in Tech

Thoughts On The Galaxy S4

So Samsung announced the Galaxy S4 amid a huge Broadway style show and dance event in New York. The CEO of the company opened the keynote by announcing the new device, spent 10 minutes giving a quick run down of hardware specs before making way for a song and dance presentation headed by what can be only described as a poor version of Neil Patrick Harris.

Make no qualms about it, it was very weird.

It seemed like Samsung had this vast amount of marketing cash pile and don’t really know how to spend it. Someone, somewhere in Samsung decided that a theatrical performance was the best way to introduce the Galaxy S4’s features to a room full of tech journalists.

There were a few hardware upgrades like a larger screen, thinner profile and better processors, but the consensus across the board was that the S4 looked exactly like the S3. Oh no! How are people going to know that I’ve upgrade to the Galaxy S4 if it looks exactly like the previous model? Android fanboys used to laugh at Apple fanboys when Apple released the iPhone 3GS and 4S. They claimed its just a money gouging move by Apple to make customers upgrade without having to change the iPhone’s design. It’s a sign that Apple was being lazy and with these tick tock incremental updates, Apple was losing its innovative edge.

I wonder what those same Android or even to an extent Samsung fanboys would say now that Samsung is copying Apple by copying itself. When I raised the issue of no major design changes to the Galaxy S4, I got a barrage of tweets like the one below defending Samsung.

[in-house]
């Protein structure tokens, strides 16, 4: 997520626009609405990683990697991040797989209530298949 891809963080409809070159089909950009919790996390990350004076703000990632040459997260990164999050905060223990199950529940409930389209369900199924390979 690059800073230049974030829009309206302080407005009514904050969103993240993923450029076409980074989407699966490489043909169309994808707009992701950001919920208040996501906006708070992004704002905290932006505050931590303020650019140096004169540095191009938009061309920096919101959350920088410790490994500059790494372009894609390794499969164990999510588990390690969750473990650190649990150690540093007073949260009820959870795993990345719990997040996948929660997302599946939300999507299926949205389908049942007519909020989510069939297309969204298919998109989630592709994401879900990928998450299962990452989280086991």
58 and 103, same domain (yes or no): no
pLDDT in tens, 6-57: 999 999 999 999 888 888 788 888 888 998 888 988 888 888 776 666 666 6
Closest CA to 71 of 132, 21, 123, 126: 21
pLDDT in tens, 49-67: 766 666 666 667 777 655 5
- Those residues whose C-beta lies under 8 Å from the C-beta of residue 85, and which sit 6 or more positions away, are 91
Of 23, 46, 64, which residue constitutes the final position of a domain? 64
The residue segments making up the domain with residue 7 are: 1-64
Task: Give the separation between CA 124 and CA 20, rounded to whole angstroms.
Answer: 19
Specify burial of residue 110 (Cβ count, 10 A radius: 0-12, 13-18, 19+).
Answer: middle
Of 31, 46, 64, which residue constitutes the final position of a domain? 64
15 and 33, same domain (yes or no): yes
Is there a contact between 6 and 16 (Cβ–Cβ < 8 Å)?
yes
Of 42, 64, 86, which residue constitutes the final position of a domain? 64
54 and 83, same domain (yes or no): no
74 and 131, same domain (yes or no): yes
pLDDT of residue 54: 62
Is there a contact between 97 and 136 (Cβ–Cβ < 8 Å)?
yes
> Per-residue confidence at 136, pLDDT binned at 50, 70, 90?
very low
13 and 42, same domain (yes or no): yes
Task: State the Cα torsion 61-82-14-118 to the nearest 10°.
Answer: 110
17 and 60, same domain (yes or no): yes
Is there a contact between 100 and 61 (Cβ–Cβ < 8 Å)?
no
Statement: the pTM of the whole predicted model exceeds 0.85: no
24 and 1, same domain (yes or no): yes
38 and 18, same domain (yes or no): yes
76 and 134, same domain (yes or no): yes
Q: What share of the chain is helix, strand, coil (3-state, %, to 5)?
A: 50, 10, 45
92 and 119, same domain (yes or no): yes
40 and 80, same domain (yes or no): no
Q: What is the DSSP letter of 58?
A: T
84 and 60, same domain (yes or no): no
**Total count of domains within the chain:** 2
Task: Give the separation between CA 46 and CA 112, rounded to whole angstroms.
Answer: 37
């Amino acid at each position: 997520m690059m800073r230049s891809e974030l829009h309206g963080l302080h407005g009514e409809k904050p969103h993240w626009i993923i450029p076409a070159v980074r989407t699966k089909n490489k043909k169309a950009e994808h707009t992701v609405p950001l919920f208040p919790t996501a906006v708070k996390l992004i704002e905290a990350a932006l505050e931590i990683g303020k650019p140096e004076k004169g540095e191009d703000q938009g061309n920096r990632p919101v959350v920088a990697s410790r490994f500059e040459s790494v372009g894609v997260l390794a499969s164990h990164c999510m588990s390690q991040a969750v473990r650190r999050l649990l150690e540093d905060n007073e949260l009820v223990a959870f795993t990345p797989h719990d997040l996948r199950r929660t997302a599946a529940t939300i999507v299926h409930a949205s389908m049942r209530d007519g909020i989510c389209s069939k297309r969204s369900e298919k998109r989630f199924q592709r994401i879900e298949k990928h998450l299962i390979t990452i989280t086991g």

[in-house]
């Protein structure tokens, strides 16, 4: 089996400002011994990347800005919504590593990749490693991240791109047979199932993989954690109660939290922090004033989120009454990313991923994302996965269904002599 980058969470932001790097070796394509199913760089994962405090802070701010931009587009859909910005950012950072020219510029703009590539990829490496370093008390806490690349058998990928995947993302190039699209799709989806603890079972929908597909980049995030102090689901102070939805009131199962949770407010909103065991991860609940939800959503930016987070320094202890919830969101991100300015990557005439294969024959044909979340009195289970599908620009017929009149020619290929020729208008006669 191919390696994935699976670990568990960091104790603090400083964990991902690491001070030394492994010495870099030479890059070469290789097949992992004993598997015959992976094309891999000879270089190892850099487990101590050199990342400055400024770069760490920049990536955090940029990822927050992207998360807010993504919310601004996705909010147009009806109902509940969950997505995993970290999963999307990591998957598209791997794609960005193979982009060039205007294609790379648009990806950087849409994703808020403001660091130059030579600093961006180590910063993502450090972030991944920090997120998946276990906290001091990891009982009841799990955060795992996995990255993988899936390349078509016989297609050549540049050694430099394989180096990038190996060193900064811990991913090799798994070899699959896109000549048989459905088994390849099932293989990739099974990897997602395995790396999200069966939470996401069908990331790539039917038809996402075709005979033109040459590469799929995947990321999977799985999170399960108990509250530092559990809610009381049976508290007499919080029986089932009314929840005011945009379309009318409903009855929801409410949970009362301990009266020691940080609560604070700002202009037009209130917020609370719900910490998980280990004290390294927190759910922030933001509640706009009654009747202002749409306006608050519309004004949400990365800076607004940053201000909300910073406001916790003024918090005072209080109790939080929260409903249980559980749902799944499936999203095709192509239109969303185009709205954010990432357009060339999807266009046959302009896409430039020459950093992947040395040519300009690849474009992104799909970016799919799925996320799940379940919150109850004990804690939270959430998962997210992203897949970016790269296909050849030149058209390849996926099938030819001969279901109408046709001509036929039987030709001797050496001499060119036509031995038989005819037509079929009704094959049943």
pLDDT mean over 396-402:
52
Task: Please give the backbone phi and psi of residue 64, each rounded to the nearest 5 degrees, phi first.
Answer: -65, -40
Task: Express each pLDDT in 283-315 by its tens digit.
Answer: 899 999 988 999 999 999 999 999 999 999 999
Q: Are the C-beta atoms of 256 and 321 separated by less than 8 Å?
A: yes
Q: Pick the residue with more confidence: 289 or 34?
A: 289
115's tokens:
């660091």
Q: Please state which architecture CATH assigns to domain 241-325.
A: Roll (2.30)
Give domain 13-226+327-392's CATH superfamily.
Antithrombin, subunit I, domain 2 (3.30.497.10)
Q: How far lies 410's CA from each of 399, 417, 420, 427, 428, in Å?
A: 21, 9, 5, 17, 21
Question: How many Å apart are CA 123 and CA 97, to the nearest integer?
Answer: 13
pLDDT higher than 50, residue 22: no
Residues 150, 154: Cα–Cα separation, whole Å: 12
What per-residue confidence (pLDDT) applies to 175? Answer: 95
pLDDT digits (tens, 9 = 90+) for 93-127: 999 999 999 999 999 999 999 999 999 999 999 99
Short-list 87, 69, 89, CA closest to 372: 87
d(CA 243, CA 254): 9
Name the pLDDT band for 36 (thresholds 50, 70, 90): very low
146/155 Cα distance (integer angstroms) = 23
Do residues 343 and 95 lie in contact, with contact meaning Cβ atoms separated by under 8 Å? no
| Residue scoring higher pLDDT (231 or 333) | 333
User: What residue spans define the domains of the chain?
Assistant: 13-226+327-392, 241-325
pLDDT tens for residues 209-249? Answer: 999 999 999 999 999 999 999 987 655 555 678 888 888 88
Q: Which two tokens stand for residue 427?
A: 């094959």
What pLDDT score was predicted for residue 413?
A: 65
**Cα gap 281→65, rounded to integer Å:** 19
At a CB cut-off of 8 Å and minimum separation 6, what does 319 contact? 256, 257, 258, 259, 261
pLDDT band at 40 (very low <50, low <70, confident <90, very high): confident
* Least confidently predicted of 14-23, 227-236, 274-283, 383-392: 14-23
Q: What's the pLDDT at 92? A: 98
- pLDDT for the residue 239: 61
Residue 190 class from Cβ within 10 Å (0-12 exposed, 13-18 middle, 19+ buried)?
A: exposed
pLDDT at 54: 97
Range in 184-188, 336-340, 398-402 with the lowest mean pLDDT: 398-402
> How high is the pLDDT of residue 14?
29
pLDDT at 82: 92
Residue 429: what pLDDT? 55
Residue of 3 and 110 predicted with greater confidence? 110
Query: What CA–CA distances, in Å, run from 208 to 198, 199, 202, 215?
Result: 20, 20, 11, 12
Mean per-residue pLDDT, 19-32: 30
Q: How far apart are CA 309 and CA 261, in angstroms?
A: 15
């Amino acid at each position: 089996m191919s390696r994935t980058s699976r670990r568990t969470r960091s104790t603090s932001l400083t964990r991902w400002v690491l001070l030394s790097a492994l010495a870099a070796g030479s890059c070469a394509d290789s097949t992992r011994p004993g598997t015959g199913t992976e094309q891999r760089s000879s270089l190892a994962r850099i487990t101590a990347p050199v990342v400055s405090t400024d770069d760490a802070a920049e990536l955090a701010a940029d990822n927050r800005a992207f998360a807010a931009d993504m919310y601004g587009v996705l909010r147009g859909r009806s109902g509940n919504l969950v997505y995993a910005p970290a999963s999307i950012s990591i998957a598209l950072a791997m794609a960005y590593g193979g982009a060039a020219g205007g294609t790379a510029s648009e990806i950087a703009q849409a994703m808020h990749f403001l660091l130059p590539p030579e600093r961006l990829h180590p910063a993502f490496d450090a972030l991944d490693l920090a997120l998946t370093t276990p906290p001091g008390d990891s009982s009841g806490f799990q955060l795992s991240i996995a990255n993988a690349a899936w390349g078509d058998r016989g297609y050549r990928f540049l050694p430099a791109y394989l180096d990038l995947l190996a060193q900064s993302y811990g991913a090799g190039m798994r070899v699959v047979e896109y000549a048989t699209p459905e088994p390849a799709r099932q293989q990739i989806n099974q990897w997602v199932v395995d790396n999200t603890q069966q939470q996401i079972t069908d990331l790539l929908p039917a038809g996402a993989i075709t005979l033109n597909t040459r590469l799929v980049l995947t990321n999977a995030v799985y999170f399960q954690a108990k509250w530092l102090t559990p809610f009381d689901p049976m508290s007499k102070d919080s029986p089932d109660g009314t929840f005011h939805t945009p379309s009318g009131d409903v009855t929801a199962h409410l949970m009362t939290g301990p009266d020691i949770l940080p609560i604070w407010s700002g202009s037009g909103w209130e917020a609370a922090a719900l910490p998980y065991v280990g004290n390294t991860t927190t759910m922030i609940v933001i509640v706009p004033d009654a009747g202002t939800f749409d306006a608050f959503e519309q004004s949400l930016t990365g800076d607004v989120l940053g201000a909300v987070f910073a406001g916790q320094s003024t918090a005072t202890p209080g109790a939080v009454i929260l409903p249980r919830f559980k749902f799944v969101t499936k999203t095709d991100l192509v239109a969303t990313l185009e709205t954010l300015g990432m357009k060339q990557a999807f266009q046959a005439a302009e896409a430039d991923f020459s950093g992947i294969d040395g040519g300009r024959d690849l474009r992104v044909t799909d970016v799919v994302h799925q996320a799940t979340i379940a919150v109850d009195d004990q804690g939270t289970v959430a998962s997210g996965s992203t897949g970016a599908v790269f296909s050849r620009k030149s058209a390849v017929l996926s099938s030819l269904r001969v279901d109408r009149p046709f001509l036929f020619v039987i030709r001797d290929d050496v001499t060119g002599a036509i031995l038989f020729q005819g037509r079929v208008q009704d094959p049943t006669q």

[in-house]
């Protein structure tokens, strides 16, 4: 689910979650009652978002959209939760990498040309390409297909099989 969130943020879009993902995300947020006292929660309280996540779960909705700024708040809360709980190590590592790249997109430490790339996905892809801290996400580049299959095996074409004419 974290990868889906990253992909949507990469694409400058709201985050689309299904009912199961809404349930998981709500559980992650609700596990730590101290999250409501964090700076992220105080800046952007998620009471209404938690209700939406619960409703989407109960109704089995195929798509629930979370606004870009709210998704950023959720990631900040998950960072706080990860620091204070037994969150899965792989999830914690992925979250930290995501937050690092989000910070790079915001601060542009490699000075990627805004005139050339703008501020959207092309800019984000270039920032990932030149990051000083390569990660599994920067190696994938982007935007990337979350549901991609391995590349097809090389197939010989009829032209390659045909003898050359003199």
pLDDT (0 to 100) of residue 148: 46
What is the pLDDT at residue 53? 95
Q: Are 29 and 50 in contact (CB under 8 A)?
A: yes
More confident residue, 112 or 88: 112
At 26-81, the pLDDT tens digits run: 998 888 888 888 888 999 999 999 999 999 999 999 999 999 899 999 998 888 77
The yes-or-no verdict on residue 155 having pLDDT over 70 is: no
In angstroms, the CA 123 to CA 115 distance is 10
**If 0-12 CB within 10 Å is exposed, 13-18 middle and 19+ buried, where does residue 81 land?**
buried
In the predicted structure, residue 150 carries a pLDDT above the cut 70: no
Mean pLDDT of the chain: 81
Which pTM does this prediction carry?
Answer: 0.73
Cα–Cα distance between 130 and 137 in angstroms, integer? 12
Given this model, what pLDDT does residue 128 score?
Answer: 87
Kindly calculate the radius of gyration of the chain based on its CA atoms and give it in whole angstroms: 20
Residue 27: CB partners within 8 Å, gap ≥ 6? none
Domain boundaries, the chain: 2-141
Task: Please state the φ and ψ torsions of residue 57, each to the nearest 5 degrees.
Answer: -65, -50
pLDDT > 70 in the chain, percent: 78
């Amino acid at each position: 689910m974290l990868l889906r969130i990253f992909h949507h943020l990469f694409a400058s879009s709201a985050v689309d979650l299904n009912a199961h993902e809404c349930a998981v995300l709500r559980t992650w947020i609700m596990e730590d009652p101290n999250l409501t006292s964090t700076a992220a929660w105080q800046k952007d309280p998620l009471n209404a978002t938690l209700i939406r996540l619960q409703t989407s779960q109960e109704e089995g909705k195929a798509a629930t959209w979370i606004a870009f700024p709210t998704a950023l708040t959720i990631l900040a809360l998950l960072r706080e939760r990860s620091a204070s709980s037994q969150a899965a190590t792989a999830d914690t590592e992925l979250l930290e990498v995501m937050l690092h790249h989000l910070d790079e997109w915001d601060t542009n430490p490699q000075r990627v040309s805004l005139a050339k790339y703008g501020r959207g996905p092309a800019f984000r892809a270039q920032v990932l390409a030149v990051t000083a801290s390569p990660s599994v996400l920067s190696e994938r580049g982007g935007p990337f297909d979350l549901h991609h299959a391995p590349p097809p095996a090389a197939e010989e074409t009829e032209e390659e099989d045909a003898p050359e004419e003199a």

A little bit of hypocrisy from Samsung fanboys maybe?

On top of their bizarre presentation, there was no mention of Android, no mention of Google but Samsung demonstrated a whole slew of Galaxy exclusive software features like S Translate, Airview without an S Pen, Air Gestures, Smart Pause and S Health. To me, these are all just gimmicky features to suck buyers into purchasing the device. Samsung is definitely going to go all gangbusters with marketing these features, features that the iPhone and other Android smartphones don’t have.

In doing that, they’ve gone into the “tick tock” cycle of releasing handsets used so successfully by Apple for their 3GS and 4S. It works for Apple because of a unique combination of premium quality build, thriving ecosystem and the assurance of knowing when is the best time to purchase iPhones in the annual cycle. Now that Samsung has garnered such a huge marketshare in the smartphone domain, it’s not just about selling hardware to their customers anymore. It’s about selling software features that differ themselves from other manufacturers.

I’ve got no doubt that Samsung will sell a boat load of these devices and if you own the 2 generation old S2, it’s definitely worth an upgrade. Samsung did say that the Galaxy S3 will get the S4 features down the road via an update so I’m not sure how enticing is it for S3 owners to upgrade.

Competition in the smartphone market has never been more hotly contested between Apple and Samsung so it’ll be interesting to see if what Samsung has done is enough to push Apple into greater heights this year.